€105,000 for Cork solicitor who fell on slippery decking in pub

The court heard decking leading from the beer garden into the pub was very slippery and a number of others had slipped on it the evening Ms Morisson fell, coming down hard on her ankle.
€105,000 for Cork solicitor who fell on slippery decking in pub

A solicitor who suffered a "nasty fracture" to her ankle when she fell on slippery decking in the beer garden of a Ballsbridge, Dublin, pub has been awarded €105,000 by the High Court.

A solicitor who suffered a "nasty fracture" to her ankle when she fell on slippery decking in the beer garden of a Ballsbridge, Dublin, pub has been awarded €105,000 by the High Court.

Emma Morisson (43), originally from Cork but living in the Liberties, Dublin, sued the Madigan Group Trading Co Unlimited, operators of the Horseshow House, where the accident happened during a work-organised barbeque at the pub in June 2017.

The court heard decking leading from the beer garden into the pub was very slippery and a number of others had slipped on it the evening Ms Morisson fell, coming down hard on her ankle.

Ms Morrison was a keen runner putting in up to 7km three times a week and participating in 10k runs before the accident.

Due to complications from her injury that activity has been curtailed although she has got back to jogging, the court also heard.

Madigans admitted liability and the value of the case was assessed by Mr Justice Michael Hanna at €100,000 for past and future damages along with €5,000 in special damages.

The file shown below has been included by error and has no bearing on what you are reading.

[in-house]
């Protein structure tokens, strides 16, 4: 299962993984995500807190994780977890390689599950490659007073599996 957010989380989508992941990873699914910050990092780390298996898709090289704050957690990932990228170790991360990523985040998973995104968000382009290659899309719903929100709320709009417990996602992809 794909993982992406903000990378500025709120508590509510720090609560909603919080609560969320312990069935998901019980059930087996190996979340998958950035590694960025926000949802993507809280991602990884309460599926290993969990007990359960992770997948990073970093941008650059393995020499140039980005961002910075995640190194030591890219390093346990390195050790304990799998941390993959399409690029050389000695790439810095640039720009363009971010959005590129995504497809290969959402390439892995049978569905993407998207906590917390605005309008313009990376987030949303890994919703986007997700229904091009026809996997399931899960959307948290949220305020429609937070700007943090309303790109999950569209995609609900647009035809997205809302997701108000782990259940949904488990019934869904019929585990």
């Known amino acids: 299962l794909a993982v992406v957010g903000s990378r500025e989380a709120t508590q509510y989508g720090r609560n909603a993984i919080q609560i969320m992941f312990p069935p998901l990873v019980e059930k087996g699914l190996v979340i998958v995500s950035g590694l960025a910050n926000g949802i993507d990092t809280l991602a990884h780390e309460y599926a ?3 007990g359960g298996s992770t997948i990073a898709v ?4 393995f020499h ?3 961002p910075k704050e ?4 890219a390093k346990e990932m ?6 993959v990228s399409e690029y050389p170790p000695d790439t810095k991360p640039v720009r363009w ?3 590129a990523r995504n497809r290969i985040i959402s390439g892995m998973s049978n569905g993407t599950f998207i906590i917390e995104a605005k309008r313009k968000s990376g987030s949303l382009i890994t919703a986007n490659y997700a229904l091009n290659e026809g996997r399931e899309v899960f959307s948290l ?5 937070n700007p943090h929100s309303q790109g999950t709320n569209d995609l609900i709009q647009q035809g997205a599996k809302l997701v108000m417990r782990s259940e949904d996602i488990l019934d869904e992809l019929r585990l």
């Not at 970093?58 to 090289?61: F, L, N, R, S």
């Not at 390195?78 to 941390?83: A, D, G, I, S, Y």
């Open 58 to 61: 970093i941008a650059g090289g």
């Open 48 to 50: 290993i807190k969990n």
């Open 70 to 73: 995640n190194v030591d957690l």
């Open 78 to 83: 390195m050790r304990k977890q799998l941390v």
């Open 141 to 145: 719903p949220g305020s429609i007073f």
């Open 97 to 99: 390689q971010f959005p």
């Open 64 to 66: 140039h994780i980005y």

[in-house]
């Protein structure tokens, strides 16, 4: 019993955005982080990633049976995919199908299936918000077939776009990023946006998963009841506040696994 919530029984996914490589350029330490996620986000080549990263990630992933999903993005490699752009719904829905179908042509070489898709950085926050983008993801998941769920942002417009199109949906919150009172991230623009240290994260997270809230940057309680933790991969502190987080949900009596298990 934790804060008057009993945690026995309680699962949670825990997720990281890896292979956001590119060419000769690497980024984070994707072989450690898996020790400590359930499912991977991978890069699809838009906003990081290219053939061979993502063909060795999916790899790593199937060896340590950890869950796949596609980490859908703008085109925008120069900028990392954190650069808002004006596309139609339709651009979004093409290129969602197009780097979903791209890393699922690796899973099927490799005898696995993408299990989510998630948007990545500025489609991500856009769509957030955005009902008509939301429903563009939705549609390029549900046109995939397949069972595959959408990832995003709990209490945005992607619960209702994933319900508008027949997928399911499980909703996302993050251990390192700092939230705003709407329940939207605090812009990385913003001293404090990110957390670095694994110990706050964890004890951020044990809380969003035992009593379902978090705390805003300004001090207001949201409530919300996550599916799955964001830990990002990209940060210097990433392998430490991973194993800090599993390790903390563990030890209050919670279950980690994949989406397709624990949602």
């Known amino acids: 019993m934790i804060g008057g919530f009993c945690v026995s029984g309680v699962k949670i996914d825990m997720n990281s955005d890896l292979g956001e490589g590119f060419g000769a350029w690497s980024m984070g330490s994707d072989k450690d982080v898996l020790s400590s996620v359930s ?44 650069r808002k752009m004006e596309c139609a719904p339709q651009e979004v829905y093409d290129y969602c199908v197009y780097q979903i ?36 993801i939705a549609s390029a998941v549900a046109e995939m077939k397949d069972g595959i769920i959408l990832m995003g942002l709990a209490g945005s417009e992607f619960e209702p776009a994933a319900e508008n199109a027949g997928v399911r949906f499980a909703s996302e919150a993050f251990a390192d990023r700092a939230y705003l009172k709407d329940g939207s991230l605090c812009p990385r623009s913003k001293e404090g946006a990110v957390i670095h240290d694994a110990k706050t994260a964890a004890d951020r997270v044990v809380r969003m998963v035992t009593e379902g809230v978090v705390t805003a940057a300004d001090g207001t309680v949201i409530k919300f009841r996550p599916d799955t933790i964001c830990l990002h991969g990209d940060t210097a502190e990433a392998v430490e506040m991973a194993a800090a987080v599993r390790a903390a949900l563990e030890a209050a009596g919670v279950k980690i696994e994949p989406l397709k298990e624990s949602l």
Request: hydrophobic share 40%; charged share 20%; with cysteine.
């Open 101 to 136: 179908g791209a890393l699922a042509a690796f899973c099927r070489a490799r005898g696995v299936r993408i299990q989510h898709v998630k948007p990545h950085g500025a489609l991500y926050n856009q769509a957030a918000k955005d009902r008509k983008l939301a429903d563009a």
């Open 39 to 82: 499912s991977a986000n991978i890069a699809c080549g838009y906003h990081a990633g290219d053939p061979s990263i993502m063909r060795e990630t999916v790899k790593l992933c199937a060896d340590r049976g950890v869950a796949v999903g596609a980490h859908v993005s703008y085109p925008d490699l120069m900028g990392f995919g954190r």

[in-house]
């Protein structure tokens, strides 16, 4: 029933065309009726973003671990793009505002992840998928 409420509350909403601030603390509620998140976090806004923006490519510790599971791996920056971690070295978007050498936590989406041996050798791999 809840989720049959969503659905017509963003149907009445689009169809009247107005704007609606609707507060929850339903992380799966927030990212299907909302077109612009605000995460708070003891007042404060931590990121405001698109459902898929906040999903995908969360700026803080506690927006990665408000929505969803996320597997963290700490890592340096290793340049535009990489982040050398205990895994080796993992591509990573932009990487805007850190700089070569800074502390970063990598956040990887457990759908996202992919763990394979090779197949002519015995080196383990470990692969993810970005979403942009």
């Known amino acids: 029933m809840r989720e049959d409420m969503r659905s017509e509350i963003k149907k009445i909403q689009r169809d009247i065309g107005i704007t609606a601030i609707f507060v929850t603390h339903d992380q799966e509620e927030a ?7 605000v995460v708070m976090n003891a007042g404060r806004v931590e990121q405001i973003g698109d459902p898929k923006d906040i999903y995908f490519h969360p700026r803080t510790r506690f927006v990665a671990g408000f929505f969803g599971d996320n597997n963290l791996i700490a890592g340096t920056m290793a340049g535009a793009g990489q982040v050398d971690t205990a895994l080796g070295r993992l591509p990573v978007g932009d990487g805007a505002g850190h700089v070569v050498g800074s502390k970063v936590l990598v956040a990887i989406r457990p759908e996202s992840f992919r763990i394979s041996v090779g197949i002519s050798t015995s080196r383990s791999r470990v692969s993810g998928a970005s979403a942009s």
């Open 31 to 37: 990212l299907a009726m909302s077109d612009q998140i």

'Excellent witness'

The judge said Ms Morrisson was an excellent witness "and told it as it was".

She suffered a "nasty fracture at a work do" and initially thought she had hurt her ankle but "not that much", he said. She got a taxi home and rested up the day afterwards.

However, by the second day it was not getting any better and had to take herself to a clinic and "found out, no doubt to her horror, that she had fractured it and required a plaster of paris", the judge said.

The plaster remained on for six weeks and she had to use crutches to get around.

It later transpired that the fracture did not knit back together again and this led to surgery where she had plates and screws inserted in her ankle, the judge said.

Active person

She was a genuinely active person who loved running and walking her dog but when the metalwork in her ankle was removed this itself brought further problems, he said.

Even though she got back to running, it became curtailed, and she had ongoing problems and pain which she deals with by way of physio. She was left with an eight-centimetre scar which he said was prominent and had caused a discoloration of the skin.

There will apparently be no long-term complications such as arthritis, but she continues to experience activity-related discomfort and pain which interferes with "her great love" of running, he said.

She liked to dress smartly including wearing high heels which she could no longer do, he said.

The judge, who also remarked he had apparently been "put on a Jimmy Choo hit list" over comments he made previously about women's love for high heels, said while this was still "something utterly foreign" to him, it was something women enjoyed.

Ms Morrisson was entitled to be compensated for a serious injury, he said.

While she can still carry on her profession, the overall impact of the injury will be "real and lifelong" and she will have to put up with ongoing pain and discomfort from running and also while walking her dog, he said.

He agreed to put a stay on the award of €105,000 in the event of an appeal if half of it was paid out.

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